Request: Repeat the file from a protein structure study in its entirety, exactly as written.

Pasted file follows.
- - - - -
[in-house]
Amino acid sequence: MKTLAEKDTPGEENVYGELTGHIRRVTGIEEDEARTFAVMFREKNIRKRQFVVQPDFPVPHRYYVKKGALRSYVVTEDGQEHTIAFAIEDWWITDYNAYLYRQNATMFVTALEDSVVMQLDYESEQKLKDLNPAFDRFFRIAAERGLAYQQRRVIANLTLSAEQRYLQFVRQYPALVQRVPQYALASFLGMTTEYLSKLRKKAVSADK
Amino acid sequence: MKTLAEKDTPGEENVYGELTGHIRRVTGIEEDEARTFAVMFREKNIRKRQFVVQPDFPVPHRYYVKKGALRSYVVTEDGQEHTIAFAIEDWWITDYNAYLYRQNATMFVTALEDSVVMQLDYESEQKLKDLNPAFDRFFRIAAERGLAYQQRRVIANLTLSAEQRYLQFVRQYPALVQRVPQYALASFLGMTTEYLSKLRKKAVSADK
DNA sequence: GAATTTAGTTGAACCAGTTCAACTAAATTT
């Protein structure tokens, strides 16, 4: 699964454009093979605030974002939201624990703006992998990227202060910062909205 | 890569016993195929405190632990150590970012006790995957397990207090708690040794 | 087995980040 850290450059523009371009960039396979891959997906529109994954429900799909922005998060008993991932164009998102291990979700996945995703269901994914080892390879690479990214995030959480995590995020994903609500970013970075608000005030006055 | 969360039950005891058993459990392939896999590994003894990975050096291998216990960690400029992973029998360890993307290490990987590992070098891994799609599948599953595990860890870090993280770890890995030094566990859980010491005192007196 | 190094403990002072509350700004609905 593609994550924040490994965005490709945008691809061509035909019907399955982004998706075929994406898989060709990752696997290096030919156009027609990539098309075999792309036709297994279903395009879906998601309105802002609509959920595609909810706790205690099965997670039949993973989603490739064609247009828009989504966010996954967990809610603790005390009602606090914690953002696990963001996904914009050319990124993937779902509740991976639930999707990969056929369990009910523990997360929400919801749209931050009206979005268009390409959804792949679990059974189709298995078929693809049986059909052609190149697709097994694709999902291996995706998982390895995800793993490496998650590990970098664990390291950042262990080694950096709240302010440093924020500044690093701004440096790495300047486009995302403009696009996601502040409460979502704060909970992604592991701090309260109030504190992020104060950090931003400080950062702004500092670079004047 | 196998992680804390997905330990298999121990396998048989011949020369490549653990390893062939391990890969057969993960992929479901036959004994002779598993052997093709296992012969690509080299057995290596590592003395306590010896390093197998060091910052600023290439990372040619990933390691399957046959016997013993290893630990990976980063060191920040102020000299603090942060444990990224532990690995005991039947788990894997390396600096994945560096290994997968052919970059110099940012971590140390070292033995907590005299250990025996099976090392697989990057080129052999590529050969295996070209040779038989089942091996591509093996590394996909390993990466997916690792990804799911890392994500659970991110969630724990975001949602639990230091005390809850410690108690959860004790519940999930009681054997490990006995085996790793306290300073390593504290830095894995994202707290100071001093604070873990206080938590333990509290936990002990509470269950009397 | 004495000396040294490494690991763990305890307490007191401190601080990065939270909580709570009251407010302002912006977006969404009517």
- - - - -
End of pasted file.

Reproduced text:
[in-house]
Amino acid sequence: MKTLAEKDTPGEENVYGELTGHIRRVTGIEEDEARTFAVMFREKNIRKRQFVVQPDFPVPHRYYVKKGALRSYVVTEDGQEHTIAFAIEDWWITDYNAYLYRQNATMFVTALEDSVVMQLDYESEQKLKDLNPAFDRFFRIAAERGLAYQQRRVIANLTLSAEQRYLQFVRQYPALVQRVPQYALASFLGMTTEYLSKLRKKAVSADK
Amino acid sequence: MKTLAEKDTPGEENVYGELTGHIRRVTGIEEDEARTFAVMFREKNIRKRQFVVQPDFPVPHRYYVKKGALRSYVVTEDGQEHTIAFAIEDWWITDYNAYLYRQNATMFVTALEDSVVMQLDYESEQKLKDLNPAFDRFFRIAAERGLAYQQRRVIANLTLSAEQRYLQFVRQYPALVQRVPQYALASFLGMTTEYLSKLRKKAVSADK
DNA sequence: GAATTTAGTTGAACCAGTTCAACTAAATTT
């Protein structure tokens, strides 16, 4: 699964454009093979605030974002939201624990703006992998990227202060910062909205 | 890569016993195929405190632990150590970012006790995957397990207090708690040794 | 087995980040 850290450059523009371009960039396979891959997906529109994954429900799909922005998060008993991932164009998102291990979700996945995703269901994914080892390879690479990214995030959480995590995020994903609500970013970075608000005030006055 | 969360039950005891058993459990392939896999590994003894990975050096291998216990960690400029992973029998360890993307290490990987590992070098891994799609599948599953595990860890870090993280770890890995030094566990859980010491005192007196 | 190094403990002072509350700004609905 593609994550924040490994965005490709945008691809061509035909019907399955982004998706075929994406898989060709990752696997290096030919156009027609990539098309075999792309036709297994279903395009879906998601309105802002609509959920595609909810706790205690099965997670039949993973989603490739064609247009828009989504966010996954967990809610603790005390009602606090914690953002696990963001996904914009050319990124993937779902509740991976639930999707990969056929369990009910523990997360929400919801749209931050009206979005268009390409959804792949679990059974189709298995078929693809049986059909052609190149697709097994694709999902291996995706998982390895995800793993490496998650590990970098664990390291950042262990080694950096709240302010440093924020500044690093701004440096790495300047486009995302403009696009996601502040409460979502704060909970992604592991701090309260109030504190992020104060950090931003400080950062702004500092670079004047 | 196998992680804390997905330990298999121990396998048989011949020369490549653990390893062939391990890969057969993960992929479901036959004994002779598993052997093709296992012969690509080299057995290596590592003395306590010896390093197998060091910052600023290439990372040619990933390691399957046959016997013993290893630990990976980063060191920040102020000299603090942060444990990224532990690995005991039947788990894997390396600096994945560096290994997968052919970059110099940012971590140390070292033995907590005299250990025996099976090392697989990057080129052999590529050969295996070209040779038989089942091996591509093996590394996909390993990466997916690792990804799911890392994500659970991110969630724990975001949602639990230091005390809850410690108690959860004790519940999930009681054997490990006995085996790793306290300073390593504290830095894995994202707290100071001093604070873990206080938590333990509290936990002990509470269950009397 | 004495000396040294490494690991763990305890307490007191401190601080990065939270909580709570009251407010302002912006977006969404009517």